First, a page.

My point is that my name carries a value that is sentimental both to myself and my parents. And if our parents cared enough to choose a name that meant something to them, the least we can do as authors is to give our “brain children” a similar gift.
Besides…it’s in our very nature to do it.
To explain why this is, we’re going to take a small detour into archaeological theory. Don’t worry — we won’t get lost. I promise.
In Behavioral Archaeology, there is a concept called object agency. The word agency here is defined as “the capacity, condition, or state of acting or of exerting power” (Miriam-Webster Dictionary). Essentially, in very simplistic terms, what object agency means is that we, as humans, tend to assign power (or agency) to things that we use to manipulate or control our environment. But it’s not just physical objects. It can also include anything from places and geographical features to words and drawings.
The kicker is that we don’t necessarily realize that we do it.
To demonstrate, imagine that you have a precious family heirloom — say, your late grandmother’s favorite ring or grandfather’s pocket watch. On their own, neither the ring nor the watch hold any ability whatsoever to influence the world around them. Until you enter the picture, that is.
Through your emotional attachment (or lack thereof, as the case may be) to your grandmother or grandfather, you give the object power by assigning it a meaning. As a result, it now has the ability to produce emotional or psychological effects upon you and others. All of this is solely because of the meaning that you or they give it.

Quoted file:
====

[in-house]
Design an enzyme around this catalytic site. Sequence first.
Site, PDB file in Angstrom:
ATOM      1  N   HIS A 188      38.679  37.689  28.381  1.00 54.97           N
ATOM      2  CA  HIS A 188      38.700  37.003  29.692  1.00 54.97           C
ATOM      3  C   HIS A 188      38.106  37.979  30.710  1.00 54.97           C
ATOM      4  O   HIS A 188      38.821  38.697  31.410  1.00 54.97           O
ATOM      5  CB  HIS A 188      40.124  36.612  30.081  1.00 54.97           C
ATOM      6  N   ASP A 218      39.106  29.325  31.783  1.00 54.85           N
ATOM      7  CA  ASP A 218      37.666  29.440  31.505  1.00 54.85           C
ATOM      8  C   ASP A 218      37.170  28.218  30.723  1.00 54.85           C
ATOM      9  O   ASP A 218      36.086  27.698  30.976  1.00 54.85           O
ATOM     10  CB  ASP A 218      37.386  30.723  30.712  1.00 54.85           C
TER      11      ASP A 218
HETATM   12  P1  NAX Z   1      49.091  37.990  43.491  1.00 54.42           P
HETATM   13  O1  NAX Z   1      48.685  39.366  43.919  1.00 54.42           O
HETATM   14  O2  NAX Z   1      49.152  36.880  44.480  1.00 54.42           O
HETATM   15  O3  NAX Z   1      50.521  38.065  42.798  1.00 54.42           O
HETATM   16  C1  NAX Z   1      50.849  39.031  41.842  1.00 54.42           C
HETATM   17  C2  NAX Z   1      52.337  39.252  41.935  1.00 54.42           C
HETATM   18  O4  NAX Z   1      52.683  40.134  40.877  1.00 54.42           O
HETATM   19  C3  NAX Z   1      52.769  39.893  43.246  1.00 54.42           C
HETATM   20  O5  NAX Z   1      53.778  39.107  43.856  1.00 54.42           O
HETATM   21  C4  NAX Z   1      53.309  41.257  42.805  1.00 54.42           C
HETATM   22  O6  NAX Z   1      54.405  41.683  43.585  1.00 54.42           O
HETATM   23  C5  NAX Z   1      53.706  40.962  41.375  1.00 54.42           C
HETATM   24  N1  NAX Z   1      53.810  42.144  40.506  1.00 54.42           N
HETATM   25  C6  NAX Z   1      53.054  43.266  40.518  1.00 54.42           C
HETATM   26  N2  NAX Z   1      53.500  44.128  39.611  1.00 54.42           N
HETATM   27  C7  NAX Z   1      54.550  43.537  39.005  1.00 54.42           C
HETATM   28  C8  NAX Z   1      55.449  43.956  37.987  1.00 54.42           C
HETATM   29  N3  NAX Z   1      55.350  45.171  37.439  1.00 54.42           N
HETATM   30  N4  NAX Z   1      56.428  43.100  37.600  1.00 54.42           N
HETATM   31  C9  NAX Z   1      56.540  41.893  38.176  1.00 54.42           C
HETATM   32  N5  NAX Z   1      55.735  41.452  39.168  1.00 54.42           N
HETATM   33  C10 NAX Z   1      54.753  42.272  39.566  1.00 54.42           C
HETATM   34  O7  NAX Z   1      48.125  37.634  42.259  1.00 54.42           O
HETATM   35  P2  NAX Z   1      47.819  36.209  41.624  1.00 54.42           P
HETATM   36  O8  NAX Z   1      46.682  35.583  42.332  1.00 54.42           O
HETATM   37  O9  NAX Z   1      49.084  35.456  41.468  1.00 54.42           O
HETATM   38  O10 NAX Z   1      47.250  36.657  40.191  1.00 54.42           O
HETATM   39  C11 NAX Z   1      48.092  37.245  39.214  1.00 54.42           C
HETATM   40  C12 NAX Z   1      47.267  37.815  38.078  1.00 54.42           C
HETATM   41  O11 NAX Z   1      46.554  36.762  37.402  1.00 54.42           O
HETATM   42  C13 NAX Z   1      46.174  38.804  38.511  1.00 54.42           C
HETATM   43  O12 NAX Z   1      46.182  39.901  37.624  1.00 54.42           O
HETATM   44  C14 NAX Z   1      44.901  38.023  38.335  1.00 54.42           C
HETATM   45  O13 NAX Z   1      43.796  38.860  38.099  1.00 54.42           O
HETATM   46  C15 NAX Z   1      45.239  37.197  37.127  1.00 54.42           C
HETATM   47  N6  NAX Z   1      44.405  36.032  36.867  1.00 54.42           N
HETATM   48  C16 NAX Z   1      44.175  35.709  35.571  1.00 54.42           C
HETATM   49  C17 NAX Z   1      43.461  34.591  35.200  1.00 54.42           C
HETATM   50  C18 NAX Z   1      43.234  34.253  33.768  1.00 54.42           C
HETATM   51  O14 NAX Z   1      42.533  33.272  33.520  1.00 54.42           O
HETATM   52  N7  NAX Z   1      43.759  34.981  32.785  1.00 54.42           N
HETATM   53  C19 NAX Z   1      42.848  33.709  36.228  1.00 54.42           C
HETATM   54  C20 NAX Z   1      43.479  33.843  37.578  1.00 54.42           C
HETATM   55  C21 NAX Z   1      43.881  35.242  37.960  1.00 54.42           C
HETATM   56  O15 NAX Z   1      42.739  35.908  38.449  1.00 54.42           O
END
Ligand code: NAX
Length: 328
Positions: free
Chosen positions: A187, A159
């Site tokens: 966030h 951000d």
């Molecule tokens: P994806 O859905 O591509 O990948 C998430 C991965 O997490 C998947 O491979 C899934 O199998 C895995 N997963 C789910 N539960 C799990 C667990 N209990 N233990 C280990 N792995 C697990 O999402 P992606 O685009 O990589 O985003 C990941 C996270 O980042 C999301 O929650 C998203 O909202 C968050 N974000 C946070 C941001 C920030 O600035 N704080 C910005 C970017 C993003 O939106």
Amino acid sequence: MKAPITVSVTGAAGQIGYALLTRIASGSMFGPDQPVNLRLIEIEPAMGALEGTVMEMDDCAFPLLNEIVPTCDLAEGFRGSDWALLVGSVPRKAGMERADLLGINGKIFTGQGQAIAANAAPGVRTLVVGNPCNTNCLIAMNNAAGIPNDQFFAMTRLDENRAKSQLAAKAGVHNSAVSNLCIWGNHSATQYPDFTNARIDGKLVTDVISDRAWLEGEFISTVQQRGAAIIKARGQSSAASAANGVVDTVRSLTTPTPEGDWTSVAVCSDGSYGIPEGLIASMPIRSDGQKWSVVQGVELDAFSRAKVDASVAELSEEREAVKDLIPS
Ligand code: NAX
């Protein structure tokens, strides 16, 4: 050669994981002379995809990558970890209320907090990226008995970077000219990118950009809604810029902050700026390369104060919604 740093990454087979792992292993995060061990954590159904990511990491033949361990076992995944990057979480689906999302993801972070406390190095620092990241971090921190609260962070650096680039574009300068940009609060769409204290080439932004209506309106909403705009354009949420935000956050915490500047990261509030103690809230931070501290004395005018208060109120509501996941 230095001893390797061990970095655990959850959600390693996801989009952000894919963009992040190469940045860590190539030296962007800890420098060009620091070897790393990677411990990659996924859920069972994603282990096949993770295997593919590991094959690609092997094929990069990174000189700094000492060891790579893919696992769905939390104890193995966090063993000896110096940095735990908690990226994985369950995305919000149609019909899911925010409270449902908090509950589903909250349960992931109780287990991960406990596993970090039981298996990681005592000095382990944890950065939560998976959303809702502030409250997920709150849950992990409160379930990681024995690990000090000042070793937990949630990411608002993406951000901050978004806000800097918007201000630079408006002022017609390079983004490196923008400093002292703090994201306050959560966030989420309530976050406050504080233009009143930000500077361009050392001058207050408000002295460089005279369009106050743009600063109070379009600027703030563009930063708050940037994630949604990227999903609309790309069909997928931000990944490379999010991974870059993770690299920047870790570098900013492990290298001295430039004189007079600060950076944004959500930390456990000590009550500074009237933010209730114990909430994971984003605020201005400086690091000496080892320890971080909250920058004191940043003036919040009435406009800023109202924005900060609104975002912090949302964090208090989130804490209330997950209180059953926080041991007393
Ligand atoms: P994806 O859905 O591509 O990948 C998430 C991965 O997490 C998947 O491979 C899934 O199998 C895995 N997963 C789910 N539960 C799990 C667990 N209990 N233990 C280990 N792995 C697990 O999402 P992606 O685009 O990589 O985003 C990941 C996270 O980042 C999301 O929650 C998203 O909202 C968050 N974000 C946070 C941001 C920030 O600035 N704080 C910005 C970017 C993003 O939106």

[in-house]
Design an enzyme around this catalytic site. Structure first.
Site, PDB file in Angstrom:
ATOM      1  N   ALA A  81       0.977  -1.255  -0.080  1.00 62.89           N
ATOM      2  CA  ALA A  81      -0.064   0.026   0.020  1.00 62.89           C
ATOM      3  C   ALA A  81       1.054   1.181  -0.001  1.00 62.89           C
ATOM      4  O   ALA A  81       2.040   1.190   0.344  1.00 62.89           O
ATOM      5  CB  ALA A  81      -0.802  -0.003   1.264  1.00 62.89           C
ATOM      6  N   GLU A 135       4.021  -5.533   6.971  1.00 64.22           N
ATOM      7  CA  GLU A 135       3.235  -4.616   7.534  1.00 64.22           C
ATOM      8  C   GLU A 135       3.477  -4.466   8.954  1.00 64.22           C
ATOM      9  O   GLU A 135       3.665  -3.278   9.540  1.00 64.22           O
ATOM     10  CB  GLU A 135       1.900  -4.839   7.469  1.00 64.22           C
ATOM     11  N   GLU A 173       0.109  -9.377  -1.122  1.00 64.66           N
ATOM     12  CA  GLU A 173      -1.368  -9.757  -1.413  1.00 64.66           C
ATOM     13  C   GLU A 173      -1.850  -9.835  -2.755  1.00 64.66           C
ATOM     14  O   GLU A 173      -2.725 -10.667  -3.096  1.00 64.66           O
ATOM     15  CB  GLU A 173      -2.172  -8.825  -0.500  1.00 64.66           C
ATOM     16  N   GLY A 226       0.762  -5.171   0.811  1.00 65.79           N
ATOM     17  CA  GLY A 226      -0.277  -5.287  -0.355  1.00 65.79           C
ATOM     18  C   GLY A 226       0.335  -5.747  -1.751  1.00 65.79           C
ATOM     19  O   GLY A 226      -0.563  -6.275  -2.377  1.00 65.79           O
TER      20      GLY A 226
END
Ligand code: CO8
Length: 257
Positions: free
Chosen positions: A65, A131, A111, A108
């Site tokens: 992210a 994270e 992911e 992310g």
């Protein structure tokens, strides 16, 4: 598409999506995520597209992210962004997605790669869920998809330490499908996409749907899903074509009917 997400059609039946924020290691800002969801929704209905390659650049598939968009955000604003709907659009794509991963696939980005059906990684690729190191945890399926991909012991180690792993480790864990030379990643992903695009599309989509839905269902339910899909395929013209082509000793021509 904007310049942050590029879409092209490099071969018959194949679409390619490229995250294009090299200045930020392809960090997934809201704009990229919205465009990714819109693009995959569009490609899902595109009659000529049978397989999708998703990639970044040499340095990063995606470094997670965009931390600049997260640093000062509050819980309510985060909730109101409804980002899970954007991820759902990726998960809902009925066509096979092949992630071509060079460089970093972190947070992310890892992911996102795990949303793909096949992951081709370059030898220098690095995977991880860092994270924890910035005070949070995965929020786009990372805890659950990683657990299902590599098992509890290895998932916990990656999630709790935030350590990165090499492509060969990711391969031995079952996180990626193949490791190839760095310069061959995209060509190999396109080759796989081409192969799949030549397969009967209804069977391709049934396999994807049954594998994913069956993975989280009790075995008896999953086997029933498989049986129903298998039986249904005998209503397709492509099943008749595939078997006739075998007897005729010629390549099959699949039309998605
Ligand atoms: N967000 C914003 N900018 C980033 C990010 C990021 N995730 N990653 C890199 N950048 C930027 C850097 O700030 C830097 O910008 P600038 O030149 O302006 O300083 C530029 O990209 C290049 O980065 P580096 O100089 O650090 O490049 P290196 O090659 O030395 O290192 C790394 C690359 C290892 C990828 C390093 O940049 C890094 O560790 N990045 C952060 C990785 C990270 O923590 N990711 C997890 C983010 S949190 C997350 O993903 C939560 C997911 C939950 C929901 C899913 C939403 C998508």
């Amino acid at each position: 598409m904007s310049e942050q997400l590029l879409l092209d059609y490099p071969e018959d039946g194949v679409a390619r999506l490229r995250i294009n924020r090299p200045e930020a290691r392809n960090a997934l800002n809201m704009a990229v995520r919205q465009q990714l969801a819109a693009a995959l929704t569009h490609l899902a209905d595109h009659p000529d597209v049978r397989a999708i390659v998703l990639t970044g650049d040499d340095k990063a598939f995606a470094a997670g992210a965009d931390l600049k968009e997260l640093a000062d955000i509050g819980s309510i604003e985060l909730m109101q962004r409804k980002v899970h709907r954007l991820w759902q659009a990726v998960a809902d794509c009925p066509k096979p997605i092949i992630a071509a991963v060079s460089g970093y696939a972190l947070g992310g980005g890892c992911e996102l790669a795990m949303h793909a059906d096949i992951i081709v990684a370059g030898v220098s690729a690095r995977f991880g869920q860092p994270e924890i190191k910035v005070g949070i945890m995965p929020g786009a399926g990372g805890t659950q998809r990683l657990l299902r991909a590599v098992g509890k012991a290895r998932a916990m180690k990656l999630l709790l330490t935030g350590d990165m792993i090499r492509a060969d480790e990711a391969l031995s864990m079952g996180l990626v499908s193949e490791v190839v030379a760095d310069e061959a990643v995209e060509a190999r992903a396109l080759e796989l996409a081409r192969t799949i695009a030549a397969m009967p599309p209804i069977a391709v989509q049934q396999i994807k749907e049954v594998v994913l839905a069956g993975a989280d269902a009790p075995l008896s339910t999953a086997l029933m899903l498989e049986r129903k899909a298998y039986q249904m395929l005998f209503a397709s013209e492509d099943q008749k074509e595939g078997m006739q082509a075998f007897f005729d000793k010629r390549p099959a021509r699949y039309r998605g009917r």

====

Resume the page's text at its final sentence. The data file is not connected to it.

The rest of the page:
But that’s just one piece of the puzzle. To your late grandmother and grandfather, the power that the ring and watch had would have been completely different because the meanings they attached to it would be different. For example, if your grandfather was a business person, perhaps that watch meant timeliness and fashion. After all, it’s no secret that people have always used possessions to silently communicate their wealth and status to others, which is another manifestation of object agency.
This is important to us as writers because it’s something you should be taking into consideration when creating your fictional world.
What’s in Your Character’s Name?